Purpose. To quantify and compare the structural and functional changes in subjects with early age-related macular degeneration (AMD), using spectral-domain optical coherence tomography (SD-OCT) and microperimetry. Methods. Twenty-one eyes of 21 subjects with early AMD were examined. MP-1 10-2 visual fields (VFs) and SD-OCT line and detail volume scans were acquired. The thicknesses of the outer segment (OS; distance between inner segment ellipsoid band and upper retinal pigment epithelium [RPE] border) and RPE layers and elevation of the RPE from Bruch's membrane were measured using a computer-aided manual segmentation technique. Thickness values were compared with those for 15 controls, and values at locations with VF total deviation defects were compared with values at nondefect locations at equivalent eccentricities. Results. Sixteen of 21 eyes with AMD had VF defects. Compared with controls, line scans showed significant thinning of the OS layer (P = 0.006) and thickening and elevation of the RPE (P = 0.037, P = 0.002). The OS layer was significantly thinner in locations with VF defects compared with locations without defects (P = 0.003). There was a negligible difference between the retinal layer thickness values of the 5 eyes without VF defects and the values of normal controls. Conclusions. In early AMD, when VF defects were present, there was significant thinning of the OS layer and thickening and elevation of the RPE. OS layer thinning was significantly associated with decreased visual sensitivity, consistent with known photoreceptor loss in early AMD. For AMD subjects without VF defects, thickness values were normal. The results highlight the clinical utility of both SD-OCT retinal layer quantification and VF testing in early AMD. PMID:23074210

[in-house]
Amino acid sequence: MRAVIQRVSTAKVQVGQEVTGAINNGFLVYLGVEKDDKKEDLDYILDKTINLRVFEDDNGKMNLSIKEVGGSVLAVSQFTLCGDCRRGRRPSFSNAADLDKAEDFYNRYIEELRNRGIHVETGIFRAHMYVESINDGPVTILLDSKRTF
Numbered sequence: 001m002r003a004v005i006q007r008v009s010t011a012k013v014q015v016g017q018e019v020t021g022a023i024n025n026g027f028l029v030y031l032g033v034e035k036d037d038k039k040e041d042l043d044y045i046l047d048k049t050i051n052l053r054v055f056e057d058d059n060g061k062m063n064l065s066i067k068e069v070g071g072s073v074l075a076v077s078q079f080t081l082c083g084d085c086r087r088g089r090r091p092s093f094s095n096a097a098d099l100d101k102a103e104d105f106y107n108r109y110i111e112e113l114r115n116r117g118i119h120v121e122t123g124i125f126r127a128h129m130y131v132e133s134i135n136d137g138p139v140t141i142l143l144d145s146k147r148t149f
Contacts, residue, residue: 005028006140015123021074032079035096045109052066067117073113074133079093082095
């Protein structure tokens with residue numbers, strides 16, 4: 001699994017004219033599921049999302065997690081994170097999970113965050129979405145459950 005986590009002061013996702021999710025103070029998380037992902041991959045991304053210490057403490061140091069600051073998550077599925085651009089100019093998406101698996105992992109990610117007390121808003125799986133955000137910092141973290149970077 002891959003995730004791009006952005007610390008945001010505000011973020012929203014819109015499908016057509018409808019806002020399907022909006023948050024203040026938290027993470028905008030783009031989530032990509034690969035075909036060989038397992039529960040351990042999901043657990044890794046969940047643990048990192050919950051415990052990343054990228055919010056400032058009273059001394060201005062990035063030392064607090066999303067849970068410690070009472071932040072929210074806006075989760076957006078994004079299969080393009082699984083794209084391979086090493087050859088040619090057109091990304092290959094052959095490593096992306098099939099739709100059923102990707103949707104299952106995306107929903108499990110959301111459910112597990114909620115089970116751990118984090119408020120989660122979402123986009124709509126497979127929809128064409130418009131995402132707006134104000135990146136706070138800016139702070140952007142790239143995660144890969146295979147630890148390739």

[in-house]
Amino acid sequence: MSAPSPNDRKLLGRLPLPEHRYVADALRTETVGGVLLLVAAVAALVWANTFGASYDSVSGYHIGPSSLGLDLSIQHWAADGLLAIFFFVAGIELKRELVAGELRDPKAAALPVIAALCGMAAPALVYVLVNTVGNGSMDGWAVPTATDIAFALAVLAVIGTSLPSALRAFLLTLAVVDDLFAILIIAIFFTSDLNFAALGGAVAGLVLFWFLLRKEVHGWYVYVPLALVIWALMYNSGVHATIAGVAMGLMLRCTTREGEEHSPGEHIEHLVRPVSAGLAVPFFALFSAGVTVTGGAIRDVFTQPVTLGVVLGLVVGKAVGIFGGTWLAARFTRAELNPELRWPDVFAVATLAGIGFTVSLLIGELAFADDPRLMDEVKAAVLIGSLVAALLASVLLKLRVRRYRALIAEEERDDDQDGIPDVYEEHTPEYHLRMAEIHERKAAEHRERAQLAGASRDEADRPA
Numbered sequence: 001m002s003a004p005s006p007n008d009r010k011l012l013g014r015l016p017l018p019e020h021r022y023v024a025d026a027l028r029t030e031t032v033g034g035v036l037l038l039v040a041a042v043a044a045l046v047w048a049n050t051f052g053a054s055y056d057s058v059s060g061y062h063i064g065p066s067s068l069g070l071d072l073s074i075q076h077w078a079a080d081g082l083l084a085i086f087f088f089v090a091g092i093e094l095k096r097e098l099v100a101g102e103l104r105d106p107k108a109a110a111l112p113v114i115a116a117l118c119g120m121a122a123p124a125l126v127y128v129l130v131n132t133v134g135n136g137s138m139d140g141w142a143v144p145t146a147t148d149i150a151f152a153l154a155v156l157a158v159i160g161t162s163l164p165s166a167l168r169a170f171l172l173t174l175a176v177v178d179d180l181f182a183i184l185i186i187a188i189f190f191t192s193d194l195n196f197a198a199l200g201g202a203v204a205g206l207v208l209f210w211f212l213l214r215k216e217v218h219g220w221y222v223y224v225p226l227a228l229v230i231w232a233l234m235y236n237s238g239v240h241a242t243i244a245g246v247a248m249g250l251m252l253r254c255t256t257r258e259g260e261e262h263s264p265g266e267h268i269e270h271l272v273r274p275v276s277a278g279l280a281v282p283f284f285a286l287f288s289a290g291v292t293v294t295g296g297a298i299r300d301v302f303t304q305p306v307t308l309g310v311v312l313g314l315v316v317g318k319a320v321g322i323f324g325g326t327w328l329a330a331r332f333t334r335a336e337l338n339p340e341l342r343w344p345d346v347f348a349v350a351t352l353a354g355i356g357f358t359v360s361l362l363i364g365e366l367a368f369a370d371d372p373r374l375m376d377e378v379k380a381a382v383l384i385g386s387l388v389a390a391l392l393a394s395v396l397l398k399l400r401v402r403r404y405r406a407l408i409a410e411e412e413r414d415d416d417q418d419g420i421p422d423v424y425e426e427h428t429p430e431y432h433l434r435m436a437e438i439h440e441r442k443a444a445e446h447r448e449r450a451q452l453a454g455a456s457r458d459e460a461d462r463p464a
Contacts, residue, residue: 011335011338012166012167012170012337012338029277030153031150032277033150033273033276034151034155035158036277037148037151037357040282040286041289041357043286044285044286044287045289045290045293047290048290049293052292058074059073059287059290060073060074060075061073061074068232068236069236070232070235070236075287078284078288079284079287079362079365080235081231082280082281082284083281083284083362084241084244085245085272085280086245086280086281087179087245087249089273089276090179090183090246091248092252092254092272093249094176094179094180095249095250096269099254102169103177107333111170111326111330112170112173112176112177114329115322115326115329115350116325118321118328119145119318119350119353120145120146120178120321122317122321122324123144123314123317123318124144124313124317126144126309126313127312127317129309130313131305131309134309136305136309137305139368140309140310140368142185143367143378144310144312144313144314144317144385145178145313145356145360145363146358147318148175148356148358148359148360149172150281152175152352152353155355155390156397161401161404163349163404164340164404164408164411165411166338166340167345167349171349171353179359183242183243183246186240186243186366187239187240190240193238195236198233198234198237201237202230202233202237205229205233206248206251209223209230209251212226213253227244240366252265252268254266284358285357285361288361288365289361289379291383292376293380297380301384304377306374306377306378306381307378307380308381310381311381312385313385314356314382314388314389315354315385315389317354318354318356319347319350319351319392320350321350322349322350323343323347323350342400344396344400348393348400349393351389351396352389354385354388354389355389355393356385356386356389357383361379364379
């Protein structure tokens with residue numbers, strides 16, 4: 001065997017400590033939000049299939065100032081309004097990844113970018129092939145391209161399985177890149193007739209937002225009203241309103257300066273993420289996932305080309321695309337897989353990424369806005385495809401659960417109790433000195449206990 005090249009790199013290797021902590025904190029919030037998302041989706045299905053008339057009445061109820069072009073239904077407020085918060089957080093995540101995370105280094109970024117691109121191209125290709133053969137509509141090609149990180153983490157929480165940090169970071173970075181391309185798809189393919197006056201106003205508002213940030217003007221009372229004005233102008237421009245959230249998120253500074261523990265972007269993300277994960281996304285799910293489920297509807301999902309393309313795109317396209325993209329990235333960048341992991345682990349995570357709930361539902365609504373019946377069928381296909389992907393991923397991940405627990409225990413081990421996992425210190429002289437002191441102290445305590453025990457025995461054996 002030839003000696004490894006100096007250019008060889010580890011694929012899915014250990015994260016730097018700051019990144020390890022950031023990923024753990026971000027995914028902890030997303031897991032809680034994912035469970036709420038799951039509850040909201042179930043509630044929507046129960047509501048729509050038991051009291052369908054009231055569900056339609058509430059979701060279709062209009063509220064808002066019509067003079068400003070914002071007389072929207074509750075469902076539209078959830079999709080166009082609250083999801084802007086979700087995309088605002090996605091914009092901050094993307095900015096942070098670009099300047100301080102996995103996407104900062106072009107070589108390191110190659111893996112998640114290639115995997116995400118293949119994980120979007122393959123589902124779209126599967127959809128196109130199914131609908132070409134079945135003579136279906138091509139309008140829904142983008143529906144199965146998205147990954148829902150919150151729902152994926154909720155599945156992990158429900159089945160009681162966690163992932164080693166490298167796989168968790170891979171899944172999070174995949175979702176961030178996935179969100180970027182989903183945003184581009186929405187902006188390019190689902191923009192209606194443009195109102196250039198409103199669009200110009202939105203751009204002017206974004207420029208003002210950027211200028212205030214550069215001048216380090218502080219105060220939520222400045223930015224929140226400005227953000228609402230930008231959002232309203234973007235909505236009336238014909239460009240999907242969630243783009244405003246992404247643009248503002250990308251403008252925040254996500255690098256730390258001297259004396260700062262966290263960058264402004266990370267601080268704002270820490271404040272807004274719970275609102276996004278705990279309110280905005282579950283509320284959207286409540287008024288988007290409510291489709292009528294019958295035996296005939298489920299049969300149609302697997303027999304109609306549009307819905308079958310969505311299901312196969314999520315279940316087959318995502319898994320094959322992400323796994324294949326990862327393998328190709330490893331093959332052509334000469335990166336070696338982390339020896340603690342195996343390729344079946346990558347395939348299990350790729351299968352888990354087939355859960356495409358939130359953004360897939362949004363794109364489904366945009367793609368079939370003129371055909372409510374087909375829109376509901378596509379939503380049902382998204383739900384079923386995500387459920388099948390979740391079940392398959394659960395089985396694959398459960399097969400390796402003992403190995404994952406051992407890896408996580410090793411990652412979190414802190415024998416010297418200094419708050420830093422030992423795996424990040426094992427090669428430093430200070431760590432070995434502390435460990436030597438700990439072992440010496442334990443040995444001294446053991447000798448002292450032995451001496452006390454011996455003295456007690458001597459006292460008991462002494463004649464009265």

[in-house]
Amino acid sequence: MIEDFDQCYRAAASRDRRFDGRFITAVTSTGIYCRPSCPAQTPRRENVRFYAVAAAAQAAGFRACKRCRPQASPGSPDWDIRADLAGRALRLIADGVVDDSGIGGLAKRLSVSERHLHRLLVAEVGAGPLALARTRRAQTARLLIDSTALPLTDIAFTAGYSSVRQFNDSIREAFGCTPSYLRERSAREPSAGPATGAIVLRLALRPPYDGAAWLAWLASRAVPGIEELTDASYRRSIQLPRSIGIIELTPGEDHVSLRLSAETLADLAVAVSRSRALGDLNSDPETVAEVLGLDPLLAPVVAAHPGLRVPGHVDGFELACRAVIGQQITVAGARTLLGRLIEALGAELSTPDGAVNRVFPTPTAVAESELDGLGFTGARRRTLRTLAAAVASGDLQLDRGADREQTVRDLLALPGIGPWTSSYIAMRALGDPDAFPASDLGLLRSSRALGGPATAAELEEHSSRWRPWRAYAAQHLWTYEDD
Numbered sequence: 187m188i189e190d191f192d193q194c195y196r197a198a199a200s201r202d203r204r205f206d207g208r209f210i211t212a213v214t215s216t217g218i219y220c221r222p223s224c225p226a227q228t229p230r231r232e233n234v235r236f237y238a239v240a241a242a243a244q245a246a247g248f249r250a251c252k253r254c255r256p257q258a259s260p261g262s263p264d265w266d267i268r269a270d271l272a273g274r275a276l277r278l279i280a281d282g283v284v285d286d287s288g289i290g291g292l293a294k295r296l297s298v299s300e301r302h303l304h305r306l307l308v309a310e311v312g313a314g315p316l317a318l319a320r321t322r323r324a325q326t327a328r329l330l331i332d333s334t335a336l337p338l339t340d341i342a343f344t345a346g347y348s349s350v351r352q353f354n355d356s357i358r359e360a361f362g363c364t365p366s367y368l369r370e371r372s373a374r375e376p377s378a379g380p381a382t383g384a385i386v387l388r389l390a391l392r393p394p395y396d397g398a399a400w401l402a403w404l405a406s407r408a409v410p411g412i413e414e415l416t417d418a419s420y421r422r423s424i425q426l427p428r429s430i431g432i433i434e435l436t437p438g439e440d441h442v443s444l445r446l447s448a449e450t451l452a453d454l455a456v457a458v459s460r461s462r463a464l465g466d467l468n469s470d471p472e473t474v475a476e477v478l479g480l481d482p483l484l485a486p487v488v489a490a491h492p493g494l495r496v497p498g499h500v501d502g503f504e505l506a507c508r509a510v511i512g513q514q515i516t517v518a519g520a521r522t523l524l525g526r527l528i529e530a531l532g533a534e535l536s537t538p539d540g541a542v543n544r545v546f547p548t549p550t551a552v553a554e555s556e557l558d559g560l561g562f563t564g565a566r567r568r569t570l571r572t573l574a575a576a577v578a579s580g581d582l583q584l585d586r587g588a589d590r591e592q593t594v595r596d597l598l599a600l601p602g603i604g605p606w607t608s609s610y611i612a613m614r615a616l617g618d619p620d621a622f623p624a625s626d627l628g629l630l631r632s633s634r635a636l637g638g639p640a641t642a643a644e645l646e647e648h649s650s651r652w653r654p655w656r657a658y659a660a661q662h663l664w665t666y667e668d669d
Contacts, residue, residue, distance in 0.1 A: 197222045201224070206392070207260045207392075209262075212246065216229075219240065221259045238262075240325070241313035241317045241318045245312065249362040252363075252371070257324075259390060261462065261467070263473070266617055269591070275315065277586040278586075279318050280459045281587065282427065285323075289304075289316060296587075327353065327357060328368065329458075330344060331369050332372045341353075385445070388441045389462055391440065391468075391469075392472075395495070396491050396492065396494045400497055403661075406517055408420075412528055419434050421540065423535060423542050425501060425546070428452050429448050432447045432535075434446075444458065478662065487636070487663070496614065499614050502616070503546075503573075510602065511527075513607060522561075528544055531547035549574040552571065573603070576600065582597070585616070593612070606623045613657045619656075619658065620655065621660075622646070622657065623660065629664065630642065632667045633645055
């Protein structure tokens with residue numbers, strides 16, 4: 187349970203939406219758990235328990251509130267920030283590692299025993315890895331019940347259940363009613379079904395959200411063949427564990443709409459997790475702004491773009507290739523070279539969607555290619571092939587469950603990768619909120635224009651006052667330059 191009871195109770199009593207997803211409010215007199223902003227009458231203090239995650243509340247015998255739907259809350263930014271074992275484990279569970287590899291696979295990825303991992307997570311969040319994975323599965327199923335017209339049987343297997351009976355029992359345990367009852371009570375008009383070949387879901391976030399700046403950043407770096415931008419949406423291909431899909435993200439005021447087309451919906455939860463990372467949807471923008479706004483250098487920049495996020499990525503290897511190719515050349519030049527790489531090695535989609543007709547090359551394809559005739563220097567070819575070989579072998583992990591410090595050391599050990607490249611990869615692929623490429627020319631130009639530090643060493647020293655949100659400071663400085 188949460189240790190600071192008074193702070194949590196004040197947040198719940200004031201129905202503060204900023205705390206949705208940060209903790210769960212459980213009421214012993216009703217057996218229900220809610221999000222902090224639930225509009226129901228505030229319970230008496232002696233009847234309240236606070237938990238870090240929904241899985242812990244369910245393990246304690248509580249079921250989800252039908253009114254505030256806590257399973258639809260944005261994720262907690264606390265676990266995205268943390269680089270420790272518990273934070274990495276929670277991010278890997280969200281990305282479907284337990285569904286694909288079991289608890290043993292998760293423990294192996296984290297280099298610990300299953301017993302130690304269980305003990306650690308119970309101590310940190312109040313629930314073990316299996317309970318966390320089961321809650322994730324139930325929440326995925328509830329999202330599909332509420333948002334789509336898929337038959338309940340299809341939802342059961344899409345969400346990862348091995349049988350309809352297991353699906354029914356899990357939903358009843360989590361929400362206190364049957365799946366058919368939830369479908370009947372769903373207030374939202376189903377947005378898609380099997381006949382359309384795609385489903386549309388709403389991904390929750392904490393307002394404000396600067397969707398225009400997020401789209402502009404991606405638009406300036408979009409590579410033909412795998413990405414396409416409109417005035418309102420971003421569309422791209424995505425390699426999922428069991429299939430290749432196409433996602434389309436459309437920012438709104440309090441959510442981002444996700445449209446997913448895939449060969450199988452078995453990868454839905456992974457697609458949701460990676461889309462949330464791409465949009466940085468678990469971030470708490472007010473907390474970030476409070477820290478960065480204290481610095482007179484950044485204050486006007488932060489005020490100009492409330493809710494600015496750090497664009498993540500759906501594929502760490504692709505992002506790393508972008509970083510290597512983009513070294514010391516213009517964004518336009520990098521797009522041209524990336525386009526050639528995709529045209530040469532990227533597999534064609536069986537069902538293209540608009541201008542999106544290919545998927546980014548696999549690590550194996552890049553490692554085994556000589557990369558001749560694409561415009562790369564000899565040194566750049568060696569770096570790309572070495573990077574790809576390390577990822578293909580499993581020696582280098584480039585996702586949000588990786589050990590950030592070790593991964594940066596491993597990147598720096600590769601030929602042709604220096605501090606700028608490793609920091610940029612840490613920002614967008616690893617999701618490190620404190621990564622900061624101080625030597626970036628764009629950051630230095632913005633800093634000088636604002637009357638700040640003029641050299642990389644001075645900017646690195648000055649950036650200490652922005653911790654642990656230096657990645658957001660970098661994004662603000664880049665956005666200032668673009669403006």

4. Retinotopically specific reorganization of visual cortex for tactile pattern recognition

    PubMed Central

    Cheung, Sing-Hang; Fang, Fang; He, Sheng; Legge, Gordon E.

    2009-01-01

    Although previous studies have shown that Braille reading and other tactile-discrimination tasks activate the visual cortex of blind and sighted people [1–5], it is not known whether this kind of cross-modal reorganization is influenced by retinotopic organization. We have addressed this question by studying S, a visually impaired adult with the rare ability to read print visually and Braille by touch. S had normal visual development until age six years, and thereafter severe acuity reduction due to corneal opacification, but no evidence of visual-field loss. Functional magnetic resonance imaging (fMRI) revealed that, in S’s early